For contemporary Britain, Whitehall offers a refreshing comedic type – he’s neither the traditional camp talk show host, nor the middle aged, made-for-panel-show, lamenting house husband. He’s young, he’s marketable, and something of an expert on popular culture – regularly tearing apart celebrities and mocking C-list wannabes from reality TV shows. He’s not, however, just one of the lads. He’s on fairly good terms with his feminine side (see how effortlessly Google suggests the word ‘gay’ as you search his name), although he is a confident heterosexual; and of course, he is undeniably posh.

In fact, being posh is Whitehall’s primary source of self-mocking – it is most likely the explanation behind the stoic statement which gives the tour its name. Of course there are his general inadequacies in the pursuit of growing up, but such anecdotes tend to be so full of references to his privileged background that it’s difficult to escape it as an overarching theme. When he tells us his school (Marlborough if you’re interested) was “so Caucasian, it made Midsomer Murders look like The Wire”, he manages to mock his own origins suitably whilst keeping the audience on his side, still managing to make a down-to-earth impression on people like Dom – the evening’s typical lad with a beer in the front row who is repeatedly picked as a port-of-call when Whitehall questions his own masculinity.

At 23, Whitehall is still quite young, and the many stories of his youth are coloured by the presence of his mother and father in the audience, at what is effectively his hometown gig. As is the case with most comedians, his parents are highly caricatured – presented as the creators of the attention-seeking yet self-loathing performer we see before us. He tells of how his mother held up his stained underwear to demonstrate why Kate married William instead of him (not that that was ever a real possibility), and how his father confiscated his roller blades to prevent him from looking like “a sissy” at the ripe old age of 11 (before realising it was something of a lost cause). As hindsight begins to kick in though, he is fearful that they may have been right all along. That being said, the fact that he can mime trying to quietly hump a girl at his parents’ house while they watch from just a few rows away, gives as much credit to his relationship with them as it does to him as an entertainer.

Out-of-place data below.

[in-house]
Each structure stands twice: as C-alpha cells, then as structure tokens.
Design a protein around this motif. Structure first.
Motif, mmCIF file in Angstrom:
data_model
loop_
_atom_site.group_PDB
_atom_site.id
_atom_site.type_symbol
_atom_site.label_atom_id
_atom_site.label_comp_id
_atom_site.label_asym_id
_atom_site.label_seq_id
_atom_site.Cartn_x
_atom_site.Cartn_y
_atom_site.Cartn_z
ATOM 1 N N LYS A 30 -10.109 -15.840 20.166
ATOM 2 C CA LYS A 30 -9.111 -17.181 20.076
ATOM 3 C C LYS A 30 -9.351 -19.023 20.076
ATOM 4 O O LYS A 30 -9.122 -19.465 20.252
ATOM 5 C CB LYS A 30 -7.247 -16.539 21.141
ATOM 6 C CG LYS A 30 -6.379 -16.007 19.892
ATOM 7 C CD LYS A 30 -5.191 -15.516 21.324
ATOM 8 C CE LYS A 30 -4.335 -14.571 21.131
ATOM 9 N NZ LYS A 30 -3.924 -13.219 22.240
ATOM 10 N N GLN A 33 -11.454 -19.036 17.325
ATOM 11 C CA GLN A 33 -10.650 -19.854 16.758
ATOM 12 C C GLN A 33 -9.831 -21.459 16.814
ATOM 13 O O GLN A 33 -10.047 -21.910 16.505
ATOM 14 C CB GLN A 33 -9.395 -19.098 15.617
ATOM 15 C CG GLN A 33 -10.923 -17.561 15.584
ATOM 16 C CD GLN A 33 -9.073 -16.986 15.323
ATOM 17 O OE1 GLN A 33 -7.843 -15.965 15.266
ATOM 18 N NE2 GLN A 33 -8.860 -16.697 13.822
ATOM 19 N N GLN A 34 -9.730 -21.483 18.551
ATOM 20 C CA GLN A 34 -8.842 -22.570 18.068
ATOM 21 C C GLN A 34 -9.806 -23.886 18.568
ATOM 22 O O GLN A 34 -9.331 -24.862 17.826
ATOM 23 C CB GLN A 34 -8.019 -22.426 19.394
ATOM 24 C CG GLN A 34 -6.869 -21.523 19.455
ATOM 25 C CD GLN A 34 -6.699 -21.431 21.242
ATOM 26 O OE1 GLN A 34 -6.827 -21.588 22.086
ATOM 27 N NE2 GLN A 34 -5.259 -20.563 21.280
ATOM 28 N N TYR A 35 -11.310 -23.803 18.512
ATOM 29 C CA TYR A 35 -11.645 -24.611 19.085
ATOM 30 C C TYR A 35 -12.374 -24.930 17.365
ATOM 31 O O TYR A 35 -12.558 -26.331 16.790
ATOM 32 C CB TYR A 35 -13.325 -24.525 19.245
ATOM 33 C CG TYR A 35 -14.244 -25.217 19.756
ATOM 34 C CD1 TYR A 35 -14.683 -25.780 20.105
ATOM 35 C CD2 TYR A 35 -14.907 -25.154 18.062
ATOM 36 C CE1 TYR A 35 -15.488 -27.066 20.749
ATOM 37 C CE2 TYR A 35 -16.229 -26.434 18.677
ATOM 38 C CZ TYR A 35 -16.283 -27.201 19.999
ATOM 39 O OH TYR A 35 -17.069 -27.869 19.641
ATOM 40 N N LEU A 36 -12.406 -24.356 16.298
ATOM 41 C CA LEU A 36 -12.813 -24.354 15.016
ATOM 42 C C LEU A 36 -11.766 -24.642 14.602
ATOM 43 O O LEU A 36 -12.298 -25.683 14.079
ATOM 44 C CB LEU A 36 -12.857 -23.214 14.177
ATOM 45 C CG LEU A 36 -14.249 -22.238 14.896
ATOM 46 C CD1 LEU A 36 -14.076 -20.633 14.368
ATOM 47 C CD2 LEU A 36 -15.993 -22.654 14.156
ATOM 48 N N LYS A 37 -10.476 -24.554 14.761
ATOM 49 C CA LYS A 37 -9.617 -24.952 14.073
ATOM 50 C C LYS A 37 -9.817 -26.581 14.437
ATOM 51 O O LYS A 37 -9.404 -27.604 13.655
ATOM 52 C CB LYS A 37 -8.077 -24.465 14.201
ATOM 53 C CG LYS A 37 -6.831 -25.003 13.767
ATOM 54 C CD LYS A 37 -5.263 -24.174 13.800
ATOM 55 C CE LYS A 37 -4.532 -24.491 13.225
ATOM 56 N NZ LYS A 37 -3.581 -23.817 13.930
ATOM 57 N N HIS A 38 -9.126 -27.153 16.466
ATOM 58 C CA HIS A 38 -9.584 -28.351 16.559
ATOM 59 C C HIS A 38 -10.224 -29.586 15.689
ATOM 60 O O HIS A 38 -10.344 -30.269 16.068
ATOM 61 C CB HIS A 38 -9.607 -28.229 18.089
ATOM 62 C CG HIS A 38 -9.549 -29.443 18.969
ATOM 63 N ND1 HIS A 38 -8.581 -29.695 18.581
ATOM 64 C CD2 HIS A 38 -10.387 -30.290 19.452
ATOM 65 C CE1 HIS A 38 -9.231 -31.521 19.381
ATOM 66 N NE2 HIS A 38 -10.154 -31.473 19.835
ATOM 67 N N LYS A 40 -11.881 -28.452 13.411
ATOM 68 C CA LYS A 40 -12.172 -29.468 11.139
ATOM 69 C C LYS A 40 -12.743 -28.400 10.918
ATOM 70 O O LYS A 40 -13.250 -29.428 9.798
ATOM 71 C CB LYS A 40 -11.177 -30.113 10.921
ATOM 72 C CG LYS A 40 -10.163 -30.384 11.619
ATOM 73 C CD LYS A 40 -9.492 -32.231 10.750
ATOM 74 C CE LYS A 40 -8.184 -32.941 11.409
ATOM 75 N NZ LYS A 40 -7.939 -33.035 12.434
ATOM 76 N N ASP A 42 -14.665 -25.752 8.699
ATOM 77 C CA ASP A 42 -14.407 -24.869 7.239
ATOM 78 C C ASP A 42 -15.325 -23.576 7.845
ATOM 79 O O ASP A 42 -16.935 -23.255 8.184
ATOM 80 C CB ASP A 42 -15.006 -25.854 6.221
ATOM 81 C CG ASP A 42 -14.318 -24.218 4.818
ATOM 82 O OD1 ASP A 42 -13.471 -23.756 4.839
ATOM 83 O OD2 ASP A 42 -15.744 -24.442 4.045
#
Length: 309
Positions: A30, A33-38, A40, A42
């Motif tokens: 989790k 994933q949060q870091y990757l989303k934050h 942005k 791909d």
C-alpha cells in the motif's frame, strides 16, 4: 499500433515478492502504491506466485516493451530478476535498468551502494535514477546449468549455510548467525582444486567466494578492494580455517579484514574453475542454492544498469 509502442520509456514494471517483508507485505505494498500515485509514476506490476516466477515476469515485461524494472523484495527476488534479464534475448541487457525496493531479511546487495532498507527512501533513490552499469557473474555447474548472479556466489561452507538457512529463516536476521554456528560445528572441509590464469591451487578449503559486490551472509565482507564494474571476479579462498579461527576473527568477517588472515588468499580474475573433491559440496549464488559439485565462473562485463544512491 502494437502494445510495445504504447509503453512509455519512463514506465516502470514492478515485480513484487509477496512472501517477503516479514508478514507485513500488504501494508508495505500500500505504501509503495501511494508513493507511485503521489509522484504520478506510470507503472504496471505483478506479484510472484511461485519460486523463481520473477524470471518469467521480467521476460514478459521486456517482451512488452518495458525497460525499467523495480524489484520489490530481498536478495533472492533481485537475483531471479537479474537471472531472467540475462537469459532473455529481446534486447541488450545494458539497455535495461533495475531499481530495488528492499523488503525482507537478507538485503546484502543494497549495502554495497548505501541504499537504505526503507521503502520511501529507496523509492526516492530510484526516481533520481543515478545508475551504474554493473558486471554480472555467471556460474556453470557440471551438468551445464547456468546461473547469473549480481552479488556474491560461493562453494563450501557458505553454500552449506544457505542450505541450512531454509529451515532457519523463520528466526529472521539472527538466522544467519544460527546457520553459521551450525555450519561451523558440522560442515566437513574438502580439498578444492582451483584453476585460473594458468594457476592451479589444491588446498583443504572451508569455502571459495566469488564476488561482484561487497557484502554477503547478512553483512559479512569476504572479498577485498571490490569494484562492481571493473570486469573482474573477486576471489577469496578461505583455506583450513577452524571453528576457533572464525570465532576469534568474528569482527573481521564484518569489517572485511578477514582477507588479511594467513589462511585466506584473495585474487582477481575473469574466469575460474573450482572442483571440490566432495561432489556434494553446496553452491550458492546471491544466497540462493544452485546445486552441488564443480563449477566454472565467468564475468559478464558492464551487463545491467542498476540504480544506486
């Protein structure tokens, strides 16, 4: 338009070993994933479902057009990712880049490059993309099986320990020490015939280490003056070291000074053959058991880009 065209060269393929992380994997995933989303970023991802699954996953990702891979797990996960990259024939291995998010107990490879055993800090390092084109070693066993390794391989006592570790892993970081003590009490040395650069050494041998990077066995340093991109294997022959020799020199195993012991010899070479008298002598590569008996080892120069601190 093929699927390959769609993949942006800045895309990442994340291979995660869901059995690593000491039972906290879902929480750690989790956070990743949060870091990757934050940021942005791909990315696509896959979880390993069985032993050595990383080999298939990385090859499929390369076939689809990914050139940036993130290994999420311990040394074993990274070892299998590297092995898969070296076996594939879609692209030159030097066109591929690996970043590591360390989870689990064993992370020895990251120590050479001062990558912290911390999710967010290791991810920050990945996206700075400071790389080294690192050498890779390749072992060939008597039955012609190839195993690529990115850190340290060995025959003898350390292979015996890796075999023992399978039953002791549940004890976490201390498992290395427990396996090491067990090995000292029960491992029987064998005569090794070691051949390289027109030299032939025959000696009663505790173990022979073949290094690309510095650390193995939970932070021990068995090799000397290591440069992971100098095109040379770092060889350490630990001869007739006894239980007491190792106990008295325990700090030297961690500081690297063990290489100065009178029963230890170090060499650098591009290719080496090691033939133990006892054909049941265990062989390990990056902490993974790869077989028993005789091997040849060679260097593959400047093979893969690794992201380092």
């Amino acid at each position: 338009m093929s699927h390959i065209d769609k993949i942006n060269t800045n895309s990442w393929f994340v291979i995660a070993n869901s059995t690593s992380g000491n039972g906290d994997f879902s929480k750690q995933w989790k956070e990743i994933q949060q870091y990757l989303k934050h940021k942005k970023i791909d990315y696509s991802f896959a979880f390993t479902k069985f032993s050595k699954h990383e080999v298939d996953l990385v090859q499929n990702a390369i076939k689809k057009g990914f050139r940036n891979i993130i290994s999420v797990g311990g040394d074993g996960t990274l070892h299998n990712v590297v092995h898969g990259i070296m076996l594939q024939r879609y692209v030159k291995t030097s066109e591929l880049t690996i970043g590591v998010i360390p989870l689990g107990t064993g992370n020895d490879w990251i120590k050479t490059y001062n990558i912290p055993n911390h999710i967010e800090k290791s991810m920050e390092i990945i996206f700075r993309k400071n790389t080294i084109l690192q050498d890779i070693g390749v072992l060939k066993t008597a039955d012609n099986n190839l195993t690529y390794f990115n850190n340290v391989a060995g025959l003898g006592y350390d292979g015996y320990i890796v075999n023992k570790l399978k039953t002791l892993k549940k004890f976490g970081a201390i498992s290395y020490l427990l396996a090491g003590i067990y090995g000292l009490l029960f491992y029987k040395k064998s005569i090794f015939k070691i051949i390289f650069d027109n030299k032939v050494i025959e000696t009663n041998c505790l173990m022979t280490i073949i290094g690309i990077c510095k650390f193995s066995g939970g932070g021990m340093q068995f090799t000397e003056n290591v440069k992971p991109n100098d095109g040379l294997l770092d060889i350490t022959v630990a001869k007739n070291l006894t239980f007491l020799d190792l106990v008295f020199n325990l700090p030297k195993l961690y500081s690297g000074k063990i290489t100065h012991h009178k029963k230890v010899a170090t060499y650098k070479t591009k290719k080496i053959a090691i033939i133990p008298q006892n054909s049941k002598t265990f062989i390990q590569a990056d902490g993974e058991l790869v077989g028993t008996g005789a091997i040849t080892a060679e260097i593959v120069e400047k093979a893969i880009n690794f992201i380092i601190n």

The show twists and winds through tales of failed relationships with girls and successful relationships with chain restaurants; his love of retro mobile phones and his hatred of American customer service; and his imagined relationship with ‘old school pal’ Robert Pattinson. Finally, he appears dressed in the bright yellow chicken costume he was wearing as he drunkenly tried to prove his maturity to a disgruntled girlfriend. He is currently single.

Jack Whitehall’s ‘Let’s Not Speak Of This Again’ tour is sold out, but will have a DVD release on 26 November. Next year he will star in his own prime time Channel 4 show called ‘Hit The Road Jack’.